What is on your summer reading list? If you've got good recommendations, leave them in the comments of this post.

2 comments:

  1. Oh, getting a start on your fall reading for classes? Brilliant.

    My reading list for this summer starts with A Storm of Swords, and then continues on to the new book that just came out by my PhD advisor at Santa Barbara who I haven't met yet. He also sent me an unpublished essay he thought I'd be interested in.

    If/when I manage to finish all of that reading, I have a ton of other academic books & journal articles I never got a chance to read during the school year. Mainly stuff about kabuki, and about Okinawa. We'll see if I manage to get to any of that.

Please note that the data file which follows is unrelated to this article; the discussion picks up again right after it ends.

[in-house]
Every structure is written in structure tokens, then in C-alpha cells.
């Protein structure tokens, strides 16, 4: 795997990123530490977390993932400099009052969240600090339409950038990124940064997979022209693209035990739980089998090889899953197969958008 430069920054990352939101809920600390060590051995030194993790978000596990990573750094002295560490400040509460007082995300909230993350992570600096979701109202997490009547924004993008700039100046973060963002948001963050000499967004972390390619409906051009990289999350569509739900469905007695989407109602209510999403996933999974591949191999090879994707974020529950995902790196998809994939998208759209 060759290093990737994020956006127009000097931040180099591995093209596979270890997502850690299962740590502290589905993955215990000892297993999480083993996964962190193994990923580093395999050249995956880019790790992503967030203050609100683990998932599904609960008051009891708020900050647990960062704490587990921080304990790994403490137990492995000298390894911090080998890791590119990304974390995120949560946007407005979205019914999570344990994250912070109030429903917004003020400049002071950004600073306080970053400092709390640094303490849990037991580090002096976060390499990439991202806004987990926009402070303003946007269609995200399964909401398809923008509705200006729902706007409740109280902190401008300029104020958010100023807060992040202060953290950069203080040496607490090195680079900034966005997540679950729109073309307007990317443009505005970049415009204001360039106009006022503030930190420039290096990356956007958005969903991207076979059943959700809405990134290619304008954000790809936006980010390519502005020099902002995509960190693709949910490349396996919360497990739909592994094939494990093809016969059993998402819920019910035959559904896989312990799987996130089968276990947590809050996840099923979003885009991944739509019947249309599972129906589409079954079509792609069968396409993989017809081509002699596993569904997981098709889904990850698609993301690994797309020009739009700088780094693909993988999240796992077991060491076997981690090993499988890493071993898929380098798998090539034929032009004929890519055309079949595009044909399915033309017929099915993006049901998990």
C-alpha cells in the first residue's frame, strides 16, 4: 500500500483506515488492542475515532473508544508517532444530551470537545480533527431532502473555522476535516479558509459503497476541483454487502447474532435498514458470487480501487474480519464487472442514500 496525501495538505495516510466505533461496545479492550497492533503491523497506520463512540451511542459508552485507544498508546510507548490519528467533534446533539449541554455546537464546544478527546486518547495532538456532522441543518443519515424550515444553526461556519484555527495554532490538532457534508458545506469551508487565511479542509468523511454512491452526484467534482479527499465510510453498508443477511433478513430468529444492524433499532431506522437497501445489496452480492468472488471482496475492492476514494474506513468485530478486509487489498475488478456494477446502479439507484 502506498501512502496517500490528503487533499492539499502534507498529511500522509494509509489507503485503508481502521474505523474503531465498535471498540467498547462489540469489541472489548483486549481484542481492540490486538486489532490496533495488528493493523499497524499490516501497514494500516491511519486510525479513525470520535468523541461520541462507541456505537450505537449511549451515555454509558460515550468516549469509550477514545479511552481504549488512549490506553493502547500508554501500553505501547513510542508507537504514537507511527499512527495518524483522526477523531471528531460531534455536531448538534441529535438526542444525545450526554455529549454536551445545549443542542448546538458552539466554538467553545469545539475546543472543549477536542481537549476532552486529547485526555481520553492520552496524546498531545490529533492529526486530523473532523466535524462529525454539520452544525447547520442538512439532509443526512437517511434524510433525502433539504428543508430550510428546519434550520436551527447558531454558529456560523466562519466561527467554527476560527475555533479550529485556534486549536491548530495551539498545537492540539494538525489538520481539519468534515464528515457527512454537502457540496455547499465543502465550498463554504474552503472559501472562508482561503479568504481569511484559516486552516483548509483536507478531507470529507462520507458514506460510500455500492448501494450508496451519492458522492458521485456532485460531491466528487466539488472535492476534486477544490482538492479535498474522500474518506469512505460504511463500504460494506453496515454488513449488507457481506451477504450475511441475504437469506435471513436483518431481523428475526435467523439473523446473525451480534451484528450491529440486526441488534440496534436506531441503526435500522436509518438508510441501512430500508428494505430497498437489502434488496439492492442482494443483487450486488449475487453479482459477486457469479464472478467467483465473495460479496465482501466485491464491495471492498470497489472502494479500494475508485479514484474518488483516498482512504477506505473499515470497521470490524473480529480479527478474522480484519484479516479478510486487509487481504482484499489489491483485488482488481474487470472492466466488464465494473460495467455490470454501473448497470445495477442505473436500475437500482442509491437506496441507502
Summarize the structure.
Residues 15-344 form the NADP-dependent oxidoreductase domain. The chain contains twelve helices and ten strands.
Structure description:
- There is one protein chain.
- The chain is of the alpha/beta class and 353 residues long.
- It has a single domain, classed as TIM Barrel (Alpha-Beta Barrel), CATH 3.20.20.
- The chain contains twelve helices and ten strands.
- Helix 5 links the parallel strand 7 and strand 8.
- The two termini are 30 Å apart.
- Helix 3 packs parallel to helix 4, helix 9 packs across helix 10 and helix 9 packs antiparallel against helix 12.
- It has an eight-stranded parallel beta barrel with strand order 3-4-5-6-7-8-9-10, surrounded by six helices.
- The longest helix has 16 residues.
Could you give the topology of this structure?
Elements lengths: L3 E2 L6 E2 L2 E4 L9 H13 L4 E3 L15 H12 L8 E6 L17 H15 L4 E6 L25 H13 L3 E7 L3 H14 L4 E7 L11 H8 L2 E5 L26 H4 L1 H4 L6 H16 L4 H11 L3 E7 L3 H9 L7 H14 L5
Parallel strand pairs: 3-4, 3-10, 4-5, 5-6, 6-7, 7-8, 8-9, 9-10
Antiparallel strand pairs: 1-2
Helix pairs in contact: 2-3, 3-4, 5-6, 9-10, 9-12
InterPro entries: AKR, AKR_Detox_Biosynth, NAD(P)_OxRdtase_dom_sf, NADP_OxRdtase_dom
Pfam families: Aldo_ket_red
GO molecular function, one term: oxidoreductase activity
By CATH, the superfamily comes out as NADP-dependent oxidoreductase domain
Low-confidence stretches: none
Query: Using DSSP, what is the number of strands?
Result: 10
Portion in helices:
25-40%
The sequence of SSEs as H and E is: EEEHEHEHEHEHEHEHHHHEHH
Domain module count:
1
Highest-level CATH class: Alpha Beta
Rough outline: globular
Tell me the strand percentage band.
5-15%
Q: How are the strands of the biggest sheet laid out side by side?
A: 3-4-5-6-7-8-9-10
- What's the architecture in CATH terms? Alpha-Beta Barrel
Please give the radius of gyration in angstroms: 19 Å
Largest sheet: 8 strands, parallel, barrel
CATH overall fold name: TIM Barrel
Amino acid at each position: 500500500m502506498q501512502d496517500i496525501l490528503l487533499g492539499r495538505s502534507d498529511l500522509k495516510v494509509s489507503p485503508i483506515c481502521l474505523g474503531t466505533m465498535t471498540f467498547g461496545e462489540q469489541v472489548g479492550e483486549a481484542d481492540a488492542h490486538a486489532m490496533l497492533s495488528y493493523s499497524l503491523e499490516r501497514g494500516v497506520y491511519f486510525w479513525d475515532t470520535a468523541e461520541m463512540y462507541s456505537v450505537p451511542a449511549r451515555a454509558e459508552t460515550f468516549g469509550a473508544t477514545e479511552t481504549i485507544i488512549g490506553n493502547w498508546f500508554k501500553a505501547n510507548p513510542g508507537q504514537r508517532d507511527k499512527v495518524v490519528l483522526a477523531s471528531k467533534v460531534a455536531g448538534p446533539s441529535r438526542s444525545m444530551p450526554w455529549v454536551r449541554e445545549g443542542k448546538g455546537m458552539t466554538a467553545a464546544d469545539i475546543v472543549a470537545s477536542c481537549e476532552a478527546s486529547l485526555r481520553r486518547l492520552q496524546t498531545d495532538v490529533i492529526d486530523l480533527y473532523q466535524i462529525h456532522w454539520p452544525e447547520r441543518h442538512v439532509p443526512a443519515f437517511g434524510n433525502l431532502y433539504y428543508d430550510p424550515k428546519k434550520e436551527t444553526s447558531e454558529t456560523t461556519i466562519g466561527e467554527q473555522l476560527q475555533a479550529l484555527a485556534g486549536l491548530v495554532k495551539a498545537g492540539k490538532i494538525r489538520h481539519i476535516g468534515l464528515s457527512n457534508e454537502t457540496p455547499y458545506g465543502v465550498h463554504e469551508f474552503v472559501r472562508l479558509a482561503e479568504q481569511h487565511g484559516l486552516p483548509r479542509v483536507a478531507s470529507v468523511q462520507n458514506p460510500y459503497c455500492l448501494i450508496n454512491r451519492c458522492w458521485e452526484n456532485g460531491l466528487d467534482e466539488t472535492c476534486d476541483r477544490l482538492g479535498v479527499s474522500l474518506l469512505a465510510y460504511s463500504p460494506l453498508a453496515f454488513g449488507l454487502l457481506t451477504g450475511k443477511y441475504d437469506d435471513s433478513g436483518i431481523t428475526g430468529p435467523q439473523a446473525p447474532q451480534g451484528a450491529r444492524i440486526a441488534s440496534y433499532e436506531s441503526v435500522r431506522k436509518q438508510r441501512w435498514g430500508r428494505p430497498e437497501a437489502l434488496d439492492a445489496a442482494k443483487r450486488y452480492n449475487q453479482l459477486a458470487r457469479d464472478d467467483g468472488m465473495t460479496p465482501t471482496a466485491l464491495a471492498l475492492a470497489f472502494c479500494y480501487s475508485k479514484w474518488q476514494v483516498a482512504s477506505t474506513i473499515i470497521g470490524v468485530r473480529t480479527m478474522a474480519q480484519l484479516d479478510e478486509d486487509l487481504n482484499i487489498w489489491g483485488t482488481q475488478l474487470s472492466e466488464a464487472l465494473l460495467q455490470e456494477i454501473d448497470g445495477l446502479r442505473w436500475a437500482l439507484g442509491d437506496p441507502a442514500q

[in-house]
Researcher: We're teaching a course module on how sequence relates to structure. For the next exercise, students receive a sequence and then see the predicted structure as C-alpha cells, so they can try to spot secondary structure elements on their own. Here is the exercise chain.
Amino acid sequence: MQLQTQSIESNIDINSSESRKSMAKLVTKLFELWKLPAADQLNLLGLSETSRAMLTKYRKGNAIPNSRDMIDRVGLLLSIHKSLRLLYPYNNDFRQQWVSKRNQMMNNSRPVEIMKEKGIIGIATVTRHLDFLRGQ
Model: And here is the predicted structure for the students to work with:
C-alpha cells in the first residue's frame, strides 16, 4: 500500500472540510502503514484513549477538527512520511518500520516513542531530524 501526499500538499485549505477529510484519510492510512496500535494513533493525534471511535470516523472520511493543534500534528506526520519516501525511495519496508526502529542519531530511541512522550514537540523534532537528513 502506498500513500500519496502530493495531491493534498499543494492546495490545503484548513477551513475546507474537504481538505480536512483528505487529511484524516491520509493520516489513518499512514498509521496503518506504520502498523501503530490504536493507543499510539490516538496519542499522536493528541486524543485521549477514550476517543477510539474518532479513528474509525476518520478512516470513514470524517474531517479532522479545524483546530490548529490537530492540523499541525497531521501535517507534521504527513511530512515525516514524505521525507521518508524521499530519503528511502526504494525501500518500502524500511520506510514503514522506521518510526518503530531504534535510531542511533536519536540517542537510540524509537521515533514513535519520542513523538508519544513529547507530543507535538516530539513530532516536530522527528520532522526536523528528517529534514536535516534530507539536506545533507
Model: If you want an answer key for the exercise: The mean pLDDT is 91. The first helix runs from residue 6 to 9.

Good luck with your own reading!

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  2. I've been reading a ton of Agatha Christie novels. For some reason mystery novels are amazing and don't require much thinking on the part of the reader. I also read Snow Flower and the Secret Fan by Lisa See, which was really fast reading and pretty good. Both Tannenbaum and Amanda Stone were reading it when we were in Kauai, so I thought I'd give it a try. A friend of my parents suggested Dorothy Dunnett's books. I have one of them, which I haven't started yet, but it looks like she concentrates a good portion of them in the middle ages. Sounded intriguing.

    I've also been reading a biography on chekhov, which is really good, but that's mostly for work. Not even attempting the other school/comp exam stuff until I get to Taiwan.